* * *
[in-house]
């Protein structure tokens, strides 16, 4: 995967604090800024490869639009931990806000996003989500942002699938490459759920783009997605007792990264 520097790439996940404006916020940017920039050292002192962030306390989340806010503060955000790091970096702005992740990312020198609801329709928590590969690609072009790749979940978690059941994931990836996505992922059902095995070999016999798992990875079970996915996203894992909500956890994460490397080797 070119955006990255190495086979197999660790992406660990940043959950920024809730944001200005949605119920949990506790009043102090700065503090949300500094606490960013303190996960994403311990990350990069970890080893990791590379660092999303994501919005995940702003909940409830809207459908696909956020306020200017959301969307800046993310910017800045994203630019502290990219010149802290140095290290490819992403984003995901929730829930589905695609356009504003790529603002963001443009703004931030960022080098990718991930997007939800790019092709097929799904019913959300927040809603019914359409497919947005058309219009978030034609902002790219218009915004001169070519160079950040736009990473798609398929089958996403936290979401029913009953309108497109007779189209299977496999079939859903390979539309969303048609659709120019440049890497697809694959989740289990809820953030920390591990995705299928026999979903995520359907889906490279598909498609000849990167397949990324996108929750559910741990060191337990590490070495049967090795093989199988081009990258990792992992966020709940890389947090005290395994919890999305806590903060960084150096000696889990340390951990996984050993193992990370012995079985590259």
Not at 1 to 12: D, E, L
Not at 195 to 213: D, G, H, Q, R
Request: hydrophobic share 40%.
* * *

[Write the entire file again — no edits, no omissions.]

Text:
[in-house]
């Protein structure tokens, strides 16, 4: 995967604090800024490869639009931990806000996003989500942002699938490459759920783009997605007792990264 520097790439996940404006916020940017920039050292002192962030306390989340806010503060955000790091970096702005992740990312020198609801329709928590590969690609072009790749979940978690059941994931990836996505992922059902095995070999016999798992990875079970996915996203894992909500956890994460490397080797 070119955006990255190495086979197999660790992406660990940043959950920024809730944001200005949605119920949990506790009043102090700065503090949300500094606490960013303190996960994403311990990350990069970890080893990791590379660092999303994501919005995940702003909940409830809207459908696909956020306020200017959301969307800046993310910017800045994203630019502290990219010149802290140095290290490819992403984003995901929730829930589905695609356009504003790529603002963001443009703004931030960022080098990718991930997007939800790019092709097929799904019913959300927040809603019914359409497919947005058309219009978030034609902002790219218009915004001169070519160079950040736009990473798609398929089958996403936290979401029913009953309108497109007779189209299977496999079939859903390979539309969303048609659709120019440049890497697809694959989740289990809820953030920390591990995705299928026999979903995520359907889906490279598909498609000849990167397949990324996108929750559910741990060191337990590490070495049967090795093989199988081009990258990792992992966020709940890389947090005290395994919890999305806590903060960084150096000696889990340390951990996984050993193992990370012995079985590259």
Not at 1 to 12: D, E, L
Not at 195 to 213: D, G, H, Q, R
Request: hydrophobic share 40%.